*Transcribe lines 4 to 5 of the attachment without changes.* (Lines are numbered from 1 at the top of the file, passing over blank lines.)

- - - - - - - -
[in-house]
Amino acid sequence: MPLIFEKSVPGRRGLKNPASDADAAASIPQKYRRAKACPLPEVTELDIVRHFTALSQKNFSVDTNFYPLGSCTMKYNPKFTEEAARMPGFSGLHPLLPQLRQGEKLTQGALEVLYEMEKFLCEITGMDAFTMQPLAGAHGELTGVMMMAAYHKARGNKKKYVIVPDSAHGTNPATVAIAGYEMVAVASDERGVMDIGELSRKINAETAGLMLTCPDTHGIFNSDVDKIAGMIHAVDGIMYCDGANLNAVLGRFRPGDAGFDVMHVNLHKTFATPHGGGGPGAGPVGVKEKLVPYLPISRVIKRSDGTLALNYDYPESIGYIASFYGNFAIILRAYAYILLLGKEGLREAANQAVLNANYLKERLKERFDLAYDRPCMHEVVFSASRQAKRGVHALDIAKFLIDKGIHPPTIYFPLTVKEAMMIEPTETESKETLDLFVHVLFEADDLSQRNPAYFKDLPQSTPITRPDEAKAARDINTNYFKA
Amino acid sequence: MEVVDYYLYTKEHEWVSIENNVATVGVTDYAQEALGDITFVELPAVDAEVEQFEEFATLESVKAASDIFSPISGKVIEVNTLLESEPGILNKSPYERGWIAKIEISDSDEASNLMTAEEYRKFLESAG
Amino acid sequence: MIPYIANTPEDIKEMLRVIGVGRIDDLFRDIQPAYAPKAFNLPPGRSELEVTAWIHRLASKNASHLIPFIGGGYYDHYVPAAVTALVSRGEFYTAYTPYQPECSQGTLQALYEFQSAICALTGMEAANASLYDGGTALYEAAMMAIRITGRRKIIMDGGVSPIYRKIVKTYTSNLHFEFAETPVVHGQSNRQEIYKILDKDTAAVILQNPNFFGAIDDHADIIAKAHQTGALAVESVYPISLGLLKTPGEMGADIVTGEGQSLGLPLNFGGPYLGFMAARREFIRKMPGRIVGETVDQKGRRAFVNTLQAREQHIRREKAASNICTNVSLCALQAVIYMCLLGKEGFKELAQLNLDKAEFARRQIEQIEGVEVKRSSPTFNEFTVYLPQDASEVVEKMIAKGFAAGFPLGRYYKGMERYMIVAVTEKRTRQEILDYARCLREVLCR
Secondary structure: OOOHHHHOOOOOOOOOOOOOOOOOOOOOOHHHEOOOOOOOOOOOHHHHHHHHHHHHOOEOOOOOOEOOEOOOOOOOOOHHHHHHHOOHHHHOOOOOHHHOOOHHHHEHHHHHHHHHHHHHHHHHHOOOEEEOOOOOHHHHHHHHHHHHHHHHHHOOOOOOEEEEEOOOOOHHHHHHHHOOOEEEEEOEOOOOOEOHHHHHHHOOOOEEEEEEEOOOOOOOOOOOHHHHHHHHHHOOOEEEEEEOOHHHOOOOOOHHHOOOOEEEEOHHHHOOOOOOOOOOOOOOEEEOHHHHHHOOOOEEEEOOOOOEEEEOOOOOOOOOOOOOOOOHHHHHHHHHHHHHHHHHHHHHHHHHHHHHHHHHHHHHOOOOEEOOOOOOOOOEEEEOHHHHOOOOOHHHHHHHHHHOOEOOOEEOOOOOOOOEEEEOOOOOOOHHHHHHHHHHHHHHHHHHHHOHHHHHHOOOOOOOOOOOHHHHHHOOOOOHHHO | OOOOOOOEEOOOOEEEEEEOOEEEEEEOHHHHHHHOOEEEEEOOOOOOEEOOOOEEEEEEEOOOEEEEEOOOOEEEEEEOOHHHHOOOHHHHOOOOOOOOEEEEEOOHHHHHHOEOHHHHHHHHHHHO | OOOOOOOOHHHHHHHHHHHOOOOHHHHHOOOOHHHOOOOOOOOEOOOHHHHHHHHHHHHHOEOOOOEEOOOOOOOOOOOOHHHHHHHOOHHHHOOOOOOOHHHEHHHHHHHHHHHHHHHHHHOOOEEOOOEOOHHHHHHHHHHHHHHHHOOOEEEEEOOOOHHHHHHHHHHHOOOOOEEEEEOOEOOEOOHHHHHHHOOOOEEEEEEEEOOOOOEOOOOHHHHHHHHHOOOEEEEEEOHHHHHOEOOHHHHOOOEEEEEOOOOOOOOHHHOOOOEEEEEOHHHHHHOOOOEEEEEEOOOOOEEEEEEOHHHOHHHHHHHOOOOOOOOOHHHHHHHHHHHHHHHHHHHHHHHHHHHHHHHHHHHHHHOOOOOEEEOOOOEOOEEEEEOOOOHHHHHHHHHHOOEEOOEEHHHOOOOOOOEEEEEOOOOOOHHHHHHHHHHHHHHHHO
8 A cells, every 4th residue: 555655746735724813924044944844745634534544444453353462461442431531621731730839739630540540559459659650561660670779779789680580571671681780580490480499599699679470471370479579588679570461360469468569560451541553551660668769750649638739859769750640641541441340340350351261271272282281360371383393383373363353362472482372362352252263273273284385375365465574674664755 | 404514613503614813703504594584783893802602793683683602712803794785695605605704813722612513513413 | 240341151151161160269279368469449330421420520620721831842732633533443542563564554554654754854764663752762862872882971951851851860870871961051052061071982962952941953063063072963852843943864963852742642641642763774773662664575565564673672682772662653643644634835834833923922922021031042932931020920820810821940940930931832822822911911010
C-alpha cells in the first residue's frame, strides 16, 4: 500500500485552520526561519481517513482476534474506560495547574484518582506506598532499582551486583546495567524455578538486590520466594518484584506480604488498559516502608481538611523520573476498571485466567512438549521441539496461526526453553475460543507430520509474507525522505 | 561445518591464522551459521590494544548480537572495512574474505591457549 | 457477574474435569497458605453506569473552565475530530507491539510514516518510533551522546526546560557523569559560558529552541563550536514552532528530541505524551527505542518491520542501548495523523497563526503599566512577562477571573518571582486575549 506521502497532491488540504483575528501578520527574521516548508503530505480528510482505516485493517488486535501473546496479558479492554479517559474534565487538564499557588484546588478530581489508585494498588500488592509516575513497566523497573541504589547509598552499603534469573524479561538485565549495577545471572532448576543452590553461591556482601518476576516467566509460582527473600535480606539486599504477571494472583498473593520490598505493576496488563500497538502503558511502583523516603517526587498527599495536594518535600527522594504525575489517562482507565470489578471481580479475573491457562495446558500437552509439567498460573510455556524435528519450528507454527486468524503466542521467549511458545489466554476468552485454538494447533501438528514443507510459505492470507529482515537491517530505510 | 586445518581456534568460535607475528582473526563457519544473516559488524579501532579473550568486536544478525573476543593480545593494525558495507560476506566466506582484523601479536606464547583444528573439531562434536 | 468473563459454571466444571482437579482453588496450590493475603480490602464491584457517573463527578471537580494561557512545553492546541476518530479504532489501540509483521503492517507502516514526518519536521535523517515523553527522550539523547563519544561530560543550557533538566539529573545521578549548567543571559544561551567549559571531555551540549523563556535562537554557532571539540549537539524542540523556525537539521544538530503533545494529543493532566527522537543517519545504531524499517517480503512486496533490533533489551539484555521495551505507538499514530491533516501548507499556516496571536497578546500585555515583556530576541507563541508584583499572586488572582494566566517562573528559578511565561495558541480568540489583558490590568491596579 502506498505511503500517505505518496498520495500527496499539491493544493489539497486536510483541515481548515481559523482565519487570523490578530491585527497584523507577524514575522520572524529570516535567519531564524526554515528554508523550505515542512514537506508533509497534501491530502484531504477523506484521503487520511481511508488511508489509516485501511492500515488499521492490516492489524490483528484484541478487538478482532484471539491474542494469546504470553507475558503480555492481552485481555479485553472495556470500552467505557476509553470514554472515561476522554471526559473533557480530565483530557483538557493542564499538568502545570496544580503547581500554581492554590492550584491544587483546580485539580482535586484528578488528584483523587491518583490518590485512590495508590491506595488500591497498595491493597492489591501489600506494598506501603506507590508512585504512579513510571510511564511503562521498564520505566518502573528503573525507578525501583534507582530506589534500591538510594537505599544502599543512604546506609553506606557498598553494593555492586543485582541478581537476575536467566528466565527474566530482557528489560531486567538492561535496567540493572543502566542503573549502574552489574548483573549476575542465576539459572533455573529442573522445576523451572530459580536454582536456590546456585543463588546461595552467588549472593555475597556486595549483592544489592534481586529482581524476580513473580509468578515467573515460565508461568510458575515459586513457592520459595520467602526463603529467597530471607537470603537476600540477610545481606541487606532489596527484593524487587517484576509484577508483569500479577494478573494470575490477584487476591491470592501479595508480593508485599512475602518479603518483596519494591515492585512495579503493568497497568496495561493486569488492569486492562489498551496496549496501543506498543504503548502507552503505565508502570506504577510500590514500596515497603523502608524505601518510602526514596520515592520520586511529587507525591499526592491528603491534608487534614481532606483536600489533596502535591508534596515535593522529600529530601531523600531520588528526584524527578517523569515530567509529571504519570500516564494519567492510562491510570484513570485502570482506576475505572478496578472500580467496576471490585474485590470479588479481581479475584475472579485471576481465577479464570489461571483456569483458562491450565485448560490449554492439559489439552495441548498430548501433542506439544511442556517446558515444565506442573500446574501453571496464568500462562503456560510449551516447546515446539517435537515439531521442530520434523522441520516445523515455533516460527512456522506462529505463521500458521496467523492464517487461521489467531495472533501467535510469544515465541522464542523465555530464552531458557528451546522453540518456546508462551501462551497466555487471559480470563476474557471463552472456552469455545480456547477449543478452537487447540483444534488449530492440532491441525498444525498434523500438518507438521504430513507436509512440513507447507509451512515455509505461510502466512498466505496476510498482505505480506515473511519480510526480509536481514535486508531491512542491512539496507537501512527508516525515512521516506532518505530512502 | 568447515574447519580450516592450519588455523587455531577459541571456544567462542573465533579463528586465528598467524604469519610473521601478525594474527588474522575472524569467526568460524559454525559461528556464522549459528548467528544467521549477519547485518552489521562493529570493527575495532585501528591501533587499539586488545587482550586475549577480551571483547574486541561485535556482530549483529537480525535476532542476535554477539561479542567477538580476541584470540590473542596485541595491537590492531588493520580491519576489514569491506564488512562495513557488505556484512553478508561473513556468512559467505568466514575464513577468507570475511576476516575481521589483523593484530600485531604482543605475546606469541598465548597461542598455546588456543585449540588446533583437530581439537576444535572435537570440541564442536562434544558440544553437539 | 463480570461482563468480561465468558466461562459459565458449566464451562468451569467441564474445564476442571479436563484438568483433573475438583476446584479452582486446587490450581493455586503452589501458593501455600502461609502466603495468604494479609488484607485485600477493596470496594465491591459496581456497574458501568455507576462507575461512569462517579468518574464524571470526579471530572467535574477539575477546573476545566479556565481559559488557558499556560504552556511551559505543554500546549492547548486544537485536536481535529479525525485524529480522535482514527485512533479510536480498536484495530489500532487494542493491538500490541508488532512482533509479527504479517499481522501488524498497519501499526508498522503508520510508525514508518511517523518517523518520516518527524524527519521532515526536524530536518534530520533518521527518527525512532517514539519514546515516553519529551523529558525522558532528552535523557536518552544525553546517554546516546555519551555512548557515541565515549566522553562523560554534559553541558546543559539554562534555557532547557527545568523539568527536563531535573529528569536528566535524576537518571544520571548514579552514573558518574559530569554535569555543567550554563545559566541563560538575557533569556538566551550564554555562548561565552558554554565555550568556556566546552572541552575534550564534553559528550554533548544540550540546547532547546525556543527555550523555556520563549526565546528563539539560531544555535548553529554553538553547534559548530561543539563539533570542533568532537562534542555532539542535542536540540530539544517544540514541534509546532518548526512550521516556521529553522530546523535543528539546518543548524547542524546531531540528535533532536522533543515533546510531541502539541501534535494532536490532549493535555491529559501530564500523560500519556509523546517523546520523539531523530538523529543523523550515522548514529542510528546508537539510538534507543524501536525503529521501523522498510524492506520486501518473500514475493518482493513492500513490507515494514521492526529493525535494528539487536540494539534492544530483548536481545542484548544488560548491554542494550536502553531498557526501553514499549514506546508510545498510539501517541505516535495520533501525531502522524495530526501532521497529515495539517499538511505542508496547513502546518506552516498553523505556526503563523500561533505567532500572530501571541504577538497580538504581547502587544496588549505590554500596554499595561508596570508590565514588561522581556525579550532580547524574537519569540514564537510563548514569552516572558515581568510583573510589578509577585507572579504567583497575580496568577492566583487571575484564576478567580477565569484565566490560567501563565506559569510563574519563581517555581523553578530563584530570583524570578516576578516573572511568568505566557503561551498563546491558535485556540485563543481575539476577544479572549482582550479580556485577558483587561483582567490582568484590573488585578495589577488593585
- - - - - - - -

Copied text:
Amino acid sequence: MIPYIANTPEDIKEMLRVIGVGRIDDLFRDIQPAYAPKAFNLPPGRSELEVTAWIHRLASKNASHLIPFIGGGYYDHYVPAAVTALVSRGEFYTAYTPYQPECSQGTLQALYEFQSAICALTGMEAANASLYDGGTALYEAAMMAIRITGRRKIIMDGGVSPIYRKIVKTYTSNLHFEFAETPVVHGQSNRQEIYKILDKDTAAVILQNPNFFGAIDDHADIIAKAHQTGALAVESVYPISLGLLKTPGEMGADIVTGEGQSLGLPLNFGGPYLGFMAARREFIRKMPGRIVGETVDQKGRRAFVNTLQAREQHIRREKAASNICTNVSLCALQAVIYMCLLGKEGFKELAQLNLDKAEFARRQIEQIEGVEVKRSSPTFNEFTVYLPQDASEVVEKMIAKGFAAGFPLGRYYKGMERYMIVAVTEKRTRQEILDYARCLREVLCR
Secondary structure: OOOHHHHOOOOOOOOOOOOOOOOOOOOOOHHHEOOOOOOOOOOOHHHHHHHHHHHHOOEOOOOOOEOOEOOOOOOOOOHHHHHHHOOHHHHOOOOOHHHOOOHHHHEHHHHHHHHHHHHHHHHHHOOOEEEOOOOOHHHHHHHHHHHHHHHHHHOOOOOOEEEEEOOOOOHHHHHHHHOOOEEEEEOEOOOOOEOHHHHHHHOOOOEEEEEEEOOOOOOOOOOOHHHHHHHHHHOOOEEEEEEOOHHHOOOOOOHHHOOOOEEEEOHHHHOOOOOOOOOOOOOOEEEOHHHHHHOOOOEEEEOOOOOEEEEOOOOOOOOOOOOOOOOHHHHHHHHHHHHHHHHHHHHHHHHHHHHHHHHHHHHHOOOOEEOOOOOOOOOEEEEOHHHHOOOOOHHHHHHHHHHOOEOOOEEOOOOOOOOEEEEOOOOOOOHHHHHHHHHHHHHHHHHHHHOHHHHHHOOOOOOOOOOOHHHHHHOOOOOHHHO | OOOOOOOEEOOOOEEEEEEOOEEEEEEOHHHHHHHOOEEEEEOOOOOOEEOOOOEEEEEEEOOOEEEEEOOOOEEEEEEOOHHHHOOOHHHHOOOOOOOOEEEEEOOHHHHHHOEOHHHHHHHHHHHO | OOOOOOOOHHHHHHHHHHHOOOOHHHHHOOOOHHHOOOOOOOOEOOOHHHHHHHHHHHHHOEOOOOEEOOOOOOOOOOOOHHHHHHHOOHHHHOOOOOOOHHHEHHHHHHHHHHHHHHHHHHOOOEEOOOEOOHHHHHHHHHHHHHHHHOOOEEEEEOOOOHHHHHHHHHHHOOOOOEEEEEOOEOOEOOHHHHHHHOOOOEEEEEEEEOOOOOEOOOOHHHHHHHHHOOOEEEEEEOHHHHHOEOOHHHHOOOEEEEEOOOOOOOOHHHOOOOEEEEEOHHHHHHOOOOEEEEEEOOOOOEEEEEEOHHHOHHHHHHHOOOOOOOOOHHHHHHHHHHHHHHHHHHHHHHHHHHHHHHHHHHHHHHOOOOOEEEOOOOEOOEEEEEOOOOHHHHHHHHHHOOEEOOEEHHHOOOOOOOEEEEEOOOOOOHHHHHHHHHHHHHHHHO